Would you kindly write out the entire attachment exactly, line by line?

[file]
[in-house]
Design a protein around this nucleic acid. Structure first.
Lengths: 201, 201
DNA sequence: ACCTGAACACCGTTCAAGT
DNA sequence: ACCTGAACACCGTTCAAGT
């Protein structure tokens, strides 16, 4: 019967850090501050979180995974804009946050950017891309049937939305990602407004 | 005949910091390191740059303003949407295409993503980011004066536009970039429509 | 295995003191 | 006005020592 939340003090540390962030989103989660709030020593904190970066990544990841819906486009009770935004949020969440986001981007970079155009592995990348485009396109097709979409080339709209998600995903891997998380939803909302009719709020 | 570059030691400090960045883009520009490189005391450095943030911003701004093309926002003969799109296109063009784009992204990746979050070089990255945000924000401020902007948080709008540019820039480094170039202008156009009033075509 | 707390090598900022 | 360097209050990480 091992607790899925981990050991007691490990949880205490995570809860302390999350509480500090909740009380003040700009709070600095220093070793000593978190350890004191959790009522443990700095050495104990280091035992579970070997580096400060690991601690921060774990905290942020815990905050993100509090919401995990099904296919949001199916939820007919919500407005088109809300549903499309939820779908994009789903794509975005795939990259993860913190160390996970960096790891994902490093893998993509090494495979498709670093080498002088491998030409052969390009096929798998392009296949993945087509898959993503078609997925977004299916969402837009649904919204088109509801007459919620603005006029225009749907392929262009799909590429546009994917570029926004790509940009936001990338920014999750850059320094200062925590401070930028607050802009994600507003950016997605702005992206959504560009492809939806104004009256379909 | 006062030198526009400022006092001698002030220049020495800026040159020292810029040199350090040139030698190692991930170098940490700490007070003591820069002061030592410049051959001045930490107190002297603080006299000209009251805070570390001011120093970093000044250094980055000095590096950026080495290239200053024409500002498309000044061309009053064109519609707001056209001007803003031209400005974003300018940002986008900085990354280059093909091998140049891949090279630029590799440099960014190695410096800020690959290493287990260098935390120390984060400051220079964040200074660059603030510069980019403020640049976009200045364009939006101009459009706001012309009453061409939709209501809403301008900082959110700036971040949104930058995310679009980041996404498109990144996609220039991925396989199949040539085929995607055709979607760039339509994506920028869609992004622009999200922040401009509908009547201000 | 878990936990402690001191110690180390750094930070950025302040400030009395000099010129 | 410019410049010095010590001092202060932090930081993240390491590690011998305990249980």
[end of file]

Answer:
[in-house]
Design a protein around this nucleic acid. Structure first.
Lengths: 201, 201
DNA sequence: ACCTGAACACCGTTCAAGT
DNA sequence: ACCTGAACACCGTTCAAGT
């Protein structure tokens, strides 16, 4: 019967850090501050979180995974804009946050950017891309049937939305990602407004 | 005949910091390191740059303003949407295409993503980011004066536009970039429509 | 295995003191 | 006005020592 939340003090540390962030989103989660709030020593904190970066990544990841819906486009009770935004949020969440986001981007970079155009592995990348485009396109097709979409080339709209998600995903891997998380939803909302009719709020 | 570059030691400090960045883009520009490189005391450095943030911003701004093309926002003969799109296109063009784009992204990746979050070089990255945000924000401020902007948080709008540019820039480094170039202008156009009033075509 | 707390090598900022 | 360097209050990480 091992607790899925981990050991007691490990949880205490995570809860302390999350509480500090909740009380003040700009709070600095220093070793000593978190350890004191959790009522443990700095050495104990280091035992579970070997580096400060690991601690921060774990905290942020815990905050993100509090919401995990099904296919949001199916939820007919919500407005088109809300549903499309939820779908994009789903794509975005795939990259993860913190160390996970960096790891994902490093893998993509090494495979498709670093080498002088491998030409052969390009096929798998392009296949993945087509898959993503078609997925977004299916969402837009649904919204088109509801007459919620603005006029225009749907392929262009799909590429546009994917570029926004790509940009936001990338920014999750850059320094200062925590401070930028607050802009994600507003950016997605702005992206959504560009492809939806104004009256379909 | 006062030198526009400022006092001698002030220049020495800026040159020292810029040199350090040139030698190692991930170098940490700490007070003591820069002061030592410049051959001045930490107190002297603080006299000209009251805070570390001011120093970093000044250094980055000095590096950026080495290239200053024409500002498309000044061309009053064109519609707001056209001007803003031209400005974003300018940002986008900085990354280059093909091998140049891949090279630029590799440099960014190695410096800020690959290493287990260098935390120390984060400051220079964040200074660059603030510069980019403020640049976009200045364009939006101009459009706001012309009453061409939709209501809403301008900082959110700036971040949104930058995310679009980041996404498109990144996609220039991925396989199949040539085929995607055709979607760039339509994506920028869609992004622009999200922040401009509908009547201000 | 878990936990402690001191110690180390750094930070950025302040400030009395000099010129 | 410019410049010095010590001092202060932090930081993240390491590690011998305990249980």